Folkware #209–Walking Skirt

The walking skirt front

The walking skirt hemThis is a fun skirt to make.  I have several that I wear – one in hemp summer cloth for summer and two in wool for winter.

Here is the post when I reworked the hemp summer skirt –

My partner found for me some red denim that has a velveteen brush like finish on the right side. Total cost $4.00 for the skirt. The tread was given to me and the closure was a find at a thrift store in a bag of buttons and such.

Patterns 001Patterns 007

The material is not part of the recommended list as it is normally too heavy but this is just a bit lighter than the regular denim so I went ahead with the cut.

The pattern is an easy sew except for the placket – it can be tricky. Here is a close up of the back seem just below the placket opening.

Red walking skirt construstion and morning dew 028Red walking skirt construstion and morning dew 027Red walking skirt construstion and morning dew 029

The placket sewn to the extending flap, showing the opening , and a placement of where it will go on the back panels.

Red walking skirt construstion and morning dew 026Red walking skirt construstion and morning dew 024

A small clip is needed for the opening to function properly.  Red walking skirt construstion and morning dew 021Red walking skirt construstion and morning dew 030This is the trickiest part of the construction.  Attaching the bottom of the placket to the skirt while maintaining the top stitching on the placket itself.

Today 015The placket in place – I was not happy with the placket as it buckled at at the bottom opening so I ripped it out and cleaned it up.  Once finished only one button or in this case the hook will be necessary to secure my modesty!

In this shot above I have the back pleated but the end result was an overly large back side on an already large lady so I removed the pleats and inserted a gather as per the instructions.  To gather heavy material – use dental floss!  It holds forever and doesn’t break under the weight. Today 020I secure one end with a pin and pull so that I have an even texture along the line, baste to secure and ensure that there are no unsightly folds in the seam.

The basting after the gathering

the finished gather

The finished  gather.  (please note that this is the correct color of the fabric – I have too much still to do to correct each photograph.)

Red walking skirt construstion and morning dew 018Gentile has taken a liking to the ironing board and she is as stubborn as she is old so it can take a bit to get her to share the space!

For all of my waistbands I insert an elastic band the width of the finished band to keep the waistband from folding when I sit.  This allows for a long wearing waistband with the right amount of firmness at all times and no unsightly folds.The waistband

I ran over the basting with a 2.5 stitch to secure the waistband, clipped the edges ( perhaps a little too close) and the clip take two

slip stitched the waist band into place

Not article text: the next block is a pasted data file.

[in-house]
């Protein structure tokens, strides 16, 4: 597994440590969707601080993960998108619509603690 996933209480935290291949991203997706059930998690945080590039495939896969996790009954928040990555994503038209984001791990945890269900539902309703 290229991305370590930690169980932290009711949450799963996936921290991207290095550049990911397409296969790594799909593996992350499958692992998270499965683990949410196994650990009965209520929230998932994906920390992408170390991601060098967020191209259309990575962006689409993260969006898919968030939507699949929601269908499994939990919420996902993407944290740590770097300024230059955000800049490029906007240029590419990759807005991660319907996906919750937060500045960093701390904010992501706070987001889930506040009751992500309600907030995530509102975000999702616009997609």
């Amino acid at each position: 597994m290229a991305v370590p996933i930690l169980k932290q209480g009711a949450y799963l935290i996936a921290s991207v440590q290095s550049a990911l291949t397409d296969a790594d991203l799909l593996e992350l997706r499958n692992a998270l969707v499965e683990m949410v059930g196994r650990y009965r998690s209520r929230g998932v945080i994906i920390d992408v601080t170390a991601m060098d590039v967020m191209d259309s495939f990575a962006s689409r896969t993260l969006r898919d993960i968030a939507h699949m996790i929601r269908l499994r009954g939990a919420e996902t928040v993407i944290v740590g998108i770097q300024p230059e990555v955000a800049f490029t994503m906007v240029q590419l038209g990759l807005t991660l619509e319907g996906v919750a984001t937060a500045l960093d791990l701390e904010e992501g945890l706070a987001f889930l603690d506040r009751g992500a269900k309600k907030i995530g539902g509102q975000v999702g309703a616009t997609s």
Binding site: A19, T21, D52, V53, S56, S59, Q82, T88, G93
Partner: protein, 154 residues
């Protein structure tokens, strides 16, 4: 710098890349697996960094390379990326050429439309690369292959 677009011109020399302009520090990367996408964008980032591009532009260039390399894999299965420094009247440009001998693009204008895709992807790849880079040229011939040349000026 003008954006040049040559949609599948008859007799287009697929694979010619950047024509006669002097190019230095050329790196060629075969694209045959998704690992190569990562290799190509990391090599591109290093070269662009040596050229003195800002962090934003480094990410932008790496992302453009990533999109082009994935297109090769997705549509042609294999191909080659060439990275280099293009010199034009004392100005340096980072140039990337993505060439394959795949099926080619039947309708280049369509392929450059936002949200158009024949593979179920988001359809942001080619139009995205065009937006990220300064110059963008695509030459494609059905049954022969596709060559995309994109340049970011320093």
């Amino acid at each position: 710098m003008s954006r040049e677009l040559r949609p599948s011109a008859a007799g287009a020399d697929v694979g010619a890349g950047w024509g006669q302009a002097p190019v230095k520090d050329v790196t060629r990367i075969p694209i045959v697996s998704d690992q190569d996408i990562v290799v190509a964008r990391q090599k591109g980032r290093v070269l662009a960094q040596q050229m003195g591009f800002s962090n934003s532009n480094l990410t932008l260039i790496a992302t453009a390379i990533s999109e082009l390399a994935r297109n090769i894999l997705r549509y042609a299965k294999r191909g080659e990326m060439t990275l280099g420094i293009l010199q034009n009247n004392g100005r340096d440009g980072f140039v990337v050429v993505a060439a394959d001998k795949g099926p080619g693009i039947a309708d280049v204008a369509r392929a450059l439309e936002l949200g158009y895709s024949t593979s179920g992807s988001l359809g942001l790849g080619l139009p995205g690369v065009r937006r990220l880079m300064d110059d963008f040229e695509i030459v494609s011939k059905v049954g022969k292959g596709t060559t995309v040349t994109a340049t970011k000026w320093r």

Slip stiches

With the waistband secure, I moved on to the hem.  For a rare change, I actually ironed my allowance up.  Normally I just turn on the sewing machine and away I go.  As it is denim and with the a straight stich  on a denim hem has an annoying habit of turning up, and this can very hard to iron out..  To stop this I did an embroidery stich over the hem.  It adds color and dimension to this very red skirt and will keep the bottom smooth.

thanks  for taking the time to read about my adventure in sewing.


8 thoughts on “Folkware #209–Walking Skirt

  1. I have always wanted to sew on a folkwear pattern, but never have done. I love the ethnic period costumes with all their rich detail. I like the detail on the placket; I can see that it would be easier with lighter weight fabric, but your work turned out very nicely even with a bit heavier cloth. Looks great!

    • It feels great though I should have made the waist a little smaller as I have lost some weight of late. No problem though as I can easily add a second hook and it still looks great. It will soften over time and wear beautifully. I love the folkware patterns. I have many and each are well constructed. The varsity jacket is a great pattern – I have made 4 of these to date, the Afghan Nomad dress 2, the Kinsale cloak 1, French Cheesemaker’s Smock 1, the little kittle 1, and I have a several others that I have yet to find time to make. They are well worth the investment and most have a timeless attribute to the style.

          • That’s an interesting perspective, Cathy. I always think of the Folkwear patterns as being highly detailed rather than clean lined, although I think I understand what you mean, especially with the skirt you’re working on. It does have an elegant simplicity. I suppose it is possible to be both simple in lines, but detailed in the finer points of a garment.

          • They are simple in construction overall, simple cuts with great finishing details – the ones that I like at any rate. The Afghan dress is really only a series of rectangles put together in such a way to create a flowing dress. The detail is in the finishing touches and embellishments. As is life or so I have found. Thanks for the comments and the interest in my blog!

    • The pattern is an easy sew and the finished results are a classic skirt that garners a lot of compliments. It is a flattering cut for any size of woman. And best of all it is easy to ware! The material was a thrift shop find by my partner and in total the skirt cost me 4$ to make.

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